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Gerber Gator Fixed Blade Review

GGF2aGerber has long been known for quality, reasonably priced products.  Their line of Gator folding knives  has been extended with a fixed blade model which includes a partially serrated version and a gut hook fine edge version.  They all utilize the same handle material as the folders. This is from the Gerber website.

The inner core of the handle is glass-filled nylon. Then we chemically bonded it to the outer surface, which is molded Santoprene® rubber…creating a soft, tactile grip over a very strong structure. All these years later, and no ones topped it.

  • Overall Length: 8.86″
  • Blade Length: 4.02″
  • Weight: 6.6 oz.
  • Blade Style: Drop Point
  • Blade Material: 420HC Stainless Steel
  • Blade Type: Fine
  • Handle Material Glass-filled nylon with Gator Grip over mold
  • Sheath Material: Ballistic nylon with molded plastic insert


GGF8aI had long been an owner of a folding model with the partially serrated blade, but after an ill fated attempt to drill a hole through the handle for a lanyard, I was on the hunt for a replacement.  Enter the Gator Fixed Blade.  The idea of the Gator grip combined with a fixed blade appealed to me, as I’m not fond of folders as a main blade.  I bought the knife with the idea to use it as a fixed blade for backpacking, and a medium duty survival knife.  Sadly my budget precluded me from purchasing one at their debut. 

I began shopping for the best bargain, searching my local stores, the Internet, and asking around on some forums if anybody had one they would sale.  Then middle of last year I stumbled across a sporting goods store in Shelby, NC that was holding a sale on Gerber products.  I bought the fine edge drop point version, due to my dislike of serrated edges.  I used it that weekend on a backpacking trip to Mt. Rogers, Va.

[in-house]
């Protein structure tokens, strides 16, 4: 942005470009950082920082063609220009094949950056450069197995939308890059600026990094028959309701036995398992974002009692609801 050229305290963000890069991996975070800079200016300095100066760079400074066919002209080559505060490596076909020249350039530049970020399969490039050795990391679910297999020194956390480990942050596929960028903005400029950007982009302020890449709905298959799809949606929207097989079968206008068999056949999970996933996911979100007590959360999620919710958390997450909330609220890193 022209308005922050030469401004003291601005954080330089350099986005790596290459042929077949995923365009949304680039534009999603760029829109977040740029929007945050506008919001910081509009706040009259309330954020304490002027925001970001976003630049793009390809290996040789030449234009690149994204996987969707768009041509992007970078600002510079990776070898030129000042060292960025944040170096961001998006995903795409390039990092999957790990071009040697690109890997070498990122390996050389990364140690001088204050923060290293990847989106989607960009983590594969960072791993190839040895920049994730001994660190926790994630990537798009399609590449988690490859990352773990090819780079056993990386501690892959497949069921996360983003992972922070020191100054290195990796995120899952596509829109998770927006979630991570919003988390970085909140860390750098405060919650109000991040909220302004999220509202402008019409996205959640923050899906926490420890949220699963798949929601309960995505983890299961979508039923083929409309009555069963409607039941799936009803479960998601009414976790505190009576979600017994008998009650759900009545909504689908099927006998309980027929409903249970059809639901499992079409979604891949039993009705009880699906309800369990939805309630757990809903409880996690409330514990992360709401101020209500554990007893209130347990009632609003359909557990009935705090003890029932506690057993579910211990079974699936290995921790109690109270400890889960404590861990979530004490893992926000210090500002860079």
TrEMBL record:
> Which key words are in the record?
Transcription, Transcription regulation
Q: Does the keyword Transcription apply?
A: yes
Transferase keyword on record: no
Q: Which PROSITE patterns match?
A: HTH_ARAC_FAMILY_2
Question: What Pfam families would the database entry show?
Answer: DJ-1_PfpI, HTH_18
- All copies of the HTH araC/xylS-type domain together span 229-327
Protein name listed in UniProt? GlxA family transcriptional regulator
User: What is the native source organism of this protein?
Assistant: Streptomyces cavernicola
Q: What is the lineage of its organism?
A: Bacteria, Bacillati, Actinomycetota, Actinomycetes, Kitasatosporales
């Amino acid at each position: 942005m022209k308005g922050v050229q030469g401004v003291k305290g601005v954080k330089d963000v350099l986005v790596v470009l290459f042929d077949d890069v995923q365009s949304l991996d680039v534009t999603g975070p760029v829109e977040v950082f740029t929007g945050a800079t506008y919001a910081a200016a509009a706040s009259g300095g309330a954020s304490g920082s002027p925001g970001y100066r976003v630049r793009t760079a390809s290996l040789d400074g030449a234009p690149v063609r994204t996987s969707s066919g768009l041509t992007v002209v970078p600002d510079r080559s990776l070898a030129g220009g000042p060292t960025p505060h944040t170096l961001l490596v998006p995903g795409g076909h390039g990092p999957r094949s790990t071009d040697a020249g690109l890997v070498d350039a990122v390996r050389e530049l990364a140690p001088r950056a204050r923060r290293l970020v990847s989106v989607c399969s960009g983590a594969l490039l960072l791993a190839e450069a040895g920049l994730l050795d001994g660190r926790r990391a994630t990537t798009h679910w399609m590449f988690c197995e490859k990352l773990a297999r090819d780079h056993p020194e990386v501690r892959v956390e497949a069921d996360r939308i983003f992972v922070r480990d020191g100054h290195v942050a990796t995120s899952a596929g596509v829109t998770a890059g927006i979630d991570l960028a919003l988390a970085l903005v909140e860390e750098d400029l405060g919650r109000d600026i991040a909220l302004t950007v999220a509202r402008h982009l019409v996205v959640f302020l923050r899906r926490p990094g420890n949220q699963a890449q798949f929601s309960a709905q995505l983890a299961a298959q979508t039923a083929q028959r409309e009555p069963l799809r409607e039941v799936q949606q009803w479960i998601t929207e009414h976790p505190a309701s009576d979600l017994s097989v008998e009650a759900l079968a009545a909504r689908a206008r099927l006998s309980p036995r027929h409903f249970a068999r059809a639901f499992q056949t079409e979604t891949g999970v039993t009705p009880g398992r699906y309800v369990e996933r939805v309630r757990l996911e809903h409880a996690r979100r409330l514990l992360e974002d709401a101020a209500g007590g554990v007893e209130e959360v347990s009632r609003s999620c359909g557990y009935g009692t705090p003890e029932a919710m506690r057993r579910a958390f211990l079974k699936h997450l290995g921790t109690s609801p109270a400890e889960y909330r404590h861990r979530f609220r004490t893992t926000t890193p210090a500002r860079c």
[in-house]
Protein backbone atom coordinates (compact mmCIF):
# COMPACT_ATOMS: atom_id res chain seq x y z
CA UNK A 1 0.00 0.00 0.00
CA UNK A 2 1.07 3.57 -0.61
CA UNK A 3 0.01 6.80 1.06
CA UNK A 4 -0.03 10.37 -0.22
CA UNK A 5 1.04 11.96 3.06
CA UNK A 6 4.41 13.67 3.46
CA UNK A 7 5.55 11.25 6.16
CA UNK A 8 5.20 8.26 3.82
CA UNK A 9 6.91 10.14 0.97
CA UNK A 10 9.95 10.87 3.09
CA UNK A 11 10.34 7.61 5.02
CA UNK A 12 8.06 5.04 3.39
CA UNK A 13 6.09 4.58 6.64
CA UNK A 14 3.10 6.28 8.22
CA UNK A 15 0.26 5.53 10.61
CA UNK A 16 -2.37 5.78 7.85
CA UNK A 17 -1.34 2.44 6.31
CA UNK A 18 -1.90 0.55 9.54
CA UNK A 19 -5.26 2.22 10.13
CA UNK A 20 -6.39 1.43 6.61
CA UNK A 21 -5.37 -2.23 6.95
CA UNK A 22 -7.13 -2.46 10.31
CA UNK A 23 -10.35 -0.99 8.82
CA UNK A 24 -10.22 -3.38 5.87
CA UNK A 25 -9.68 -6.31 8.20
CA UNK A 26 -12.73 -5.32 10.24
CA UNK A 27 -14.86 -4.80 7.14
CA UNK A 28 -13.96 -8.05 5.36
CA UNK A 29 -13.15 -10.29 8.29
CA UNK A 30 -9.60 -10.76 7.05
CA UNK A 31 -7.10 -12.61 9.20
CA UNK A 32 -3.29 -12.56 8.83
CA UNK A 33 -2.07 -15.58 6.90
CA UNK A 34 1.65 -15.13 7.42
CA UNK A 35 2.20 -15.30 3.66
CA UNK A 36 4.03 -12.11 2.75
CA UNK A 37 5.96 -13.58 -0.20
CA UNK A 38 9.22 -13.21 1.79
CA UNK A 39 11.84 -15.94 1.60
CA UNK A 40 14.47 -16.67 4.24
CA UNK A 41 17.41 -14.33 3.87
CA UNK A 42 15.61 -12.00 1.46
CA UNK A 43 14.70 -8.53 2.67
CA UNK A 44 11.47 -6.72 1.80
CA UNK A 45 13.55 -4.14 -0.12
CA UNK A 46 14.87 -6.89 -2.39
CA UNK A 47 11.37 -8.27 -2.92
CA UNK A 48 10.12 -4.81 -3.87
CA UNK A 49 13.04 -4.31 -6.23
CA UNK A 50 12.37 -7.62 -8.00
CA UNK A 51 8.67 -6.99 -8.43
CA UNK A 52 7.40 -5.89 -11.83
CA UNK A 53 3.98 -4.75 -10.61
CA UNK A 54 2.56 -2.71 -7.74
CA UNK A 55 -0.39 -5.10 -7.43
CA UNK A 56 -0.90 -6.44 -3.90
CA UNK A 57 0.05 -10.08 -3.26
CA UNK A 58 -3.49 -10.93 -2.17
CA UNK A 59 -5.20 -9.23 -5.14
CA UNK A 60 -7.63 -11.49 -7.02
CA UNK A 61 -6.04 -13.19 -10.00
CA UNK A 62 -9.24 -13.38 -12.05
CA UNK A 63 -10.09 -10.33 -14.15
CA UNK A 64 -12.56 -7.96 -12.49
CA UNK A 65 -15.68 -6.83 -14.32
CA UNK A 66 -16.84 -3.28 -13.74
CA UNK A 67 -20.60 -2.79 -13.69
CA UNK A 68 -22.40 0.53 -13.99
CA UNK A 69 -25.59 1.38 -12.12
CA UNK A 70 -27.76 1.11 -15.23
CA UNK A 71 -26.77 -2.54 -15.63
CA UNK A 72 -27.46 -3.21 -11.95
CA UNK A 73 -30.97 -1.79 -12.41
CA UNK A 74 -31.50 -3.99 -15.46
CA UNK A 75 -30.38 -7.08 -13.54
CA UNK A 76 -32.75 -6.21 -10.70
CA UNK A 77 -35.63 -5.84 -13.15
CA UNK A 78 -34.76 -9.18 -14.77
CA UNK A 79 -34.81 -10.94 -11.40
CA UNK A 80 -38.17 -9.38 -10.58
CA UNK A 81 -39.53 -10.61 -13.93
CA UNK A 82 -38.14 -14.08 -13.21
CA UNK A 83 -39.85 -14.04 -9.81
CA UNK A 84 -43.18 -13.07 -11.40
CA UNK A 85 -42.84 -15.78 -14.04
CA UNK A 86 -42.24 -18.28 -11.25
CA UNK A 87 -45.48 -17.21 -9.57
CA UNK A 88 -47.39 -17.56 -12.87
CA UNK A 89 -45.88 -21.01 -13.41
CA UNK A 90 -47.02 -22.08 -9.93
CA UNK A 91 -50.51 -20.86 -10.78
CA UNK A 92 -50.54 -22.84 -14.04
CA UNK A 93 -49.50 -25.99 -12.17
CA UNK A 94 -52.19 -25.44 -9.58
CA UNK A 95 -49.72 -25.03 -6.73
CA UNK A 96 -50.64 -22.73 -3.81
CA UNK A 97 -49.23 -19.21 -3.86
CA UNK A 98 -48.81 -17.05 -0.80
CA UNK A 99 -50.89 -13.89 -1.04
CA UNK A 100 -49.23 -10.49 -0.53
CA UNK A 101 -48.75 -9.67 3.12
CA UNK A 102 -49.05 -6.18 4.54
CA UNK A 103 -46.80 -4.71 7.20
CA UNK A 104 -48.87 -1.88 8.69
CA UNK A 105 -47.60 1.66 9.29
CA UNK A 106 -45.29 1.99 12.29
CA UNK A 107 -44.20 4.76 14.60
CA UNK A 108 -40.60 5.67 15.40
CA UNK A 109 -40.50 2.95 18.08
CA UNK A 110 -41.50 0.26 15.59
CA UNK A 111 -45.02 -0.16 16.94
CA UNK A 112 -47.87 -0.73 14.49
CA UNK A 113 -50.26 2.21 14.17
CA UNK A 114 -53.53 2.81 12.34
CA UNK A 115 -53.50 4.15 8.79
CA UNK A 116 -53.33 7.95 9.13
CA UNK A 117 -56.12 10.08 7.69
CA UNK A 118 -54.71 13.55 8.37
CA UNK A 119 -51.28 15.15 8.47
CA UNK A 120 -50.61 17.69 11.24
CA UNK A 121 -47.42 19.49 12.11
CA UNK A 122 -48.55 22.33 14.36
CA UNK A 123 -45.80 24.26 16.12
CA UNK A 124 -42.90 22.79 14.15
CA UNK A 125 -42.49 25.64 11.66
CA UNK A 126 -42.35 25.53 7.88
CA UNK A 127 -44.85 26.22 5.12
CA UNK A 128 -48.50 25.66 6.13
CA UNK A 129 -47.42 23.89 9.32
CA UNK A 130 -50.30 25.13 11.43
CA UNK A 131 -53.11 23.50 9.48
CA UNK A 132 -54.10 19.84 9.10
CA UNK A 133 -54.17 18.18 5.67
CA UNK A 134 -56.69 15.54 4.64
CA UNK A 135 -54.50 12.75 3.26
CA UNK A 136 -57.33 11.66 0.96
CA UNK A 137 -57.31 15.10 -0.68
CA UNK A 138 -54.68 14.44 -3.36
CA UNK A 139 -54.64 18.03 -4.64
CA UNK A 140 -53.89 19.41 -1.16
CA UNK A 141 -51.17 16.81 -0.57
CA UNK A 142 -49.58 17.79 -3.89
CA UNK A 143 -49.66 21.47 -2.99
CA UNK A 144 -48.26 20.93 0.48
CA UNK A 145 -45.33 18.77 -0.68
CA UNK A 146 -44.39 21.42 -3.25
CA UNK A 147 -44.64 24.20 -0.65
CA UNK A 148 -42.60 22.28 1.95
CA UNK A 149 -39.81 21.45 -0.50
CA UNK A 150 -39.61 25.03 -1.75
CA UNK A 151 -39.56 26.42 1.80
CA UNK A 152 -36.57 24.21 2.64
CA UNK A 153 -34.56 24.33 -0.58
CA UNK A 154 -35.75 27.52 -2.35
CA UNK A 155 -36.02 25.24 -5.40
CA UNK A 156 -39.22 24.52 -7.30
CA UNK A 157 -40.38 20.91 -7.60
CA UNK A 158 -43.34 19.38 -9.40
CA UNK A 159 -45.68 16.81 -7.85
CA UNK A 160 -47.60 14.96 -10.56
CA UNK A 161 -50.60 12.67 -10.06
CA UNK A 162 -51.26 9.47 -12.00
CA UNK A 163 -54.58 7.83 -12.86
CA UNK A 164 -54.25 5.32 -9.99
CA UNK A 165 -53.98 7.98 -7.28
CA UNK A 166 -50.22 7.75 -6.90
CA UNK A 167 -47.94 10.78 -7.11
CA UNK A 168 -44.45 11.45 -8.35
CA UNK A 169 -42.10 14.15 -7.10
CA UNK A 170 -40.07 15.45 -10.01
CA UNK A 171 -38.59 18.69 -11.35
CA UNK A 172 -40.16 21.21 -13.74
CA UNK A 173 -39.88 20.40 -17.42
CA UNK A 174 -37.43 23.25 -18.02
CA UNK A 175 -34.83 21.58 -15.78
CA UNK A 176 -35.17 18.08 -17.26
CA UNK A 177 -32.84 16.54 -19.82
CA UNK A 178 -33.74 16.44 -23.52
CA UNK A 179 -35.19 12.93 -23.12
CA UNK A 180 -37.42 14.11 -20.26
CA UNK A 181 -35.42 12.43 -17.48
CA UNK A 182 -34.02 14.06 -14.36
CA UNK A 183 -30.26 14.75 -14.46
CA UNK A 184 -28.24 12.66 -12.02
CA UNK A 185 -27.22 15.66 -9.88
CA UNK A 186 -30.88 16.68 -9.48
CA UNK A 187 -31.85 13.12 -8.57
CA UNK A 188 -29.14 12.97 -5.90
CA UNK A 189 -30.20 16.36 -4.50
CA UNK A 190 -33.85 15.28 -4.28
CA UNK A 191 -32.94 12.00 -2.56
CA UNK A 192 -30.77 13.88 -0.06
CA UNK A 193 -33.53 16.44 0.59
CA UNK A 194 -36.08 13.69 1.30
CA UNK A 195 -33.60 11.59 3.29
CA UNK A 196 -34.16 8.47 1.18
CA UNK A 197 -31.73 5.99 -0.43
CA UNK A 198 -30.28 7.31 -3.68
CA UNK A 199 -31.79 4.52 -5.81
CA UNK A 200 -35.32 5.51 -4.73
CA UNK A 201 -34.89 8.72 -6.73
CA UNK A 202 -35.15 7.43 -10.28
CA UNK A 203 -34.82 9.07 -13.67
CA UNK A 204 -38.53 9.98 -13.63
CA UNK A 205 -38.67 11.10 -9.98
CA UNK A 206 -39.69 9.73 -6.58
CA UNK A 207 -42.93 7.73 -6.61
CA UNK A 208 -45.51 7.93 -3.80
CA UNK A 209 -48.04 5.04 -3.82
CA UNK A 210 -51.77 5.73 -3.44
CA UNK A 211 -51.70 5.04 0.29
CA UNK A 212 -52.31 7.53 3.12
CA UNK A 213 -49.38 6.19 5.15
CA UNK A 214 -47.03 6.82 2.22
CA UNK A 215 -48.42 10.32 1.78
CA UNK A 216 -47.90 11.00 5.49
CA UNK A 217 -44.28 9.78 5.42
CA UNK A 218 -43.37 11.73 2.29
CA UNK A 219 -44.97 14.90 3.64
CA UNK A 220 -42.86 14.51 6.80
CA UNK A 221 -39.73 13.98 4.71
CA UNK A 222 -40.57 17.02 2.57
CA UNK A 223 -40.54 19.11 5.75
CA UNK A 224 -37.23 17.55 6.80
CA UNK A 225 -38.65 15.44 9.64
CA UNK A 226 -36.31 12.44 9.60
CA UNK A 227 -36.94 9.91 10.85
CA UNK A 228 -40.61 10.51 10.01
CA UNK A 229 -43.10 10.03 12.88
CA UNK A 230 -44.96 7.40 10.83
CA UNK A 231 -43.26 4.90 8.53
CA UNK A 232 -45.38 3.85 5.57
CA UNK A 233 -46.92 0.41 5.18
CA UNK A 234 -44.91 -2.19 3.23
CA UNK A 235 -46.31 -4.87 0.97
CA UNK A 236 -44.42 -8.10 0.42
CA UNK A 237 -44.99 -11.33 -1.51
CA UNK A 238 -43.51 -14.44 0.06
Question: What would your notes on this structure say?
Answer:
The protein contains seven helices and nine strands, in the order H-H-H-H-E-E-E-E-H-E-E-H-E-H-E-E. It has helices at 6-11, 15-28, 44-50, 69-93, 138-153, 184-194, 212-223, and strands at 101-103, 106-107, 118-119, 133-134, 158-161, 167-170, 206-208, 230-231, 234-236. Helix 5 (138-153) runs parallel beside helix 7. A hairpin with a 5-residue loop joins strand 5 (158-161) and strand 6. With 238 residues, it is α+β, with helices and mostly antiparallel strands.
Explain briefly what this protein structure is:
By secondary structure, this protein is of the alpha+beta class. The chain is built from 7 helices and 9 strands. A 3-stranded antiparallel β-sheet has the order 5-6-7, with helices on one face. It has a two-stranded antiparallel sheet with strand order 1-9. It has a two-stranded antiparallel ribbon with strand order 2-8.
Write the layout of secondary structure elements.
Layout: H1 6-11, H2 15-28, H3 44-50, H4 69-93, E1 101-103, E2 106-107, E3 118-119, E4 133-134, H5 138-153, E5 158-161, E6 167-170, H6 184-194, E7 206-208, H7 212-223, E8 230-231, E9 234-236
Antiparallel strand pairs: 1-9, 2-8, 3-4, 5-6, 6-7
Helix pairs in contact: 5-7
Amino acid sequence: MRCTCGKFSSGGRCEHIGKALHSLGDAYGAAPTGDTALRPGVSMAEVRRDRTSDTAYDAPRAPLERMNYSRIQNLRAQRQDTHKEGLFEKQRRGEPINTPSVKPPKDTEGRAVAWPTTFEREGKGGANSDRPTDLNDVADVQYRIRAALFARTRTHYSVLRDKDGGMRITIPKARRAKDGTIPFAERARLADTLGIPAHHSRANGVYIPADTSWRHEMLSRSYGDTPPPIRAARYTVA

The knife came stamped Portland, OR USA on the blade, hopefully signifying that it was made in the USA.  A quick call to Gerber confirmed this.  It was not packaged in the typical big box store bubble packaging but a cardboard box labeled with the Gerber logo. The sheath was a Condura and plastic liner affair, with a snap retainer and a belt loop snap to allow the user to put on or remove the  knife without unbuckling their belt.  The factory edge was razor sharp out of the box, and retained a reasonably sharp edge while being used for carving tent pegs, shaving wood strips for tinder and whittling around the fire.  Several in my group wanted to handle the knife, and all mentioned how good it felt in the hand. 

GGF6aMy one complaint at the time was the spine of the blade was not sharp enough to strike sparks from my ferro rod.  While I could produce sparks with the edge, I was not inclined to do this unless it was an emergency.  I believe that you should use the supplied striker with you ferro rods.  Using a naked blade to strike the sparks gives me the willies, but I believe it should be possible in a emergency.

After the trip, I loaded my gear into my storage unit, and promptly for got the knife.  Then a month or two ago I was digging in my  old gear and rediscovered this knife.  I pulled the blade out and inspected the edge.   Hmm……  No rust on the blade or the edge.  Not bad for a year in a storage area that wasn’t humidity and temperature controlled and without cleaning the blade.  I took it on a trip back to Mt. Rogers where it performed well, shaving tinder and batoning kindling from some dead standing wood.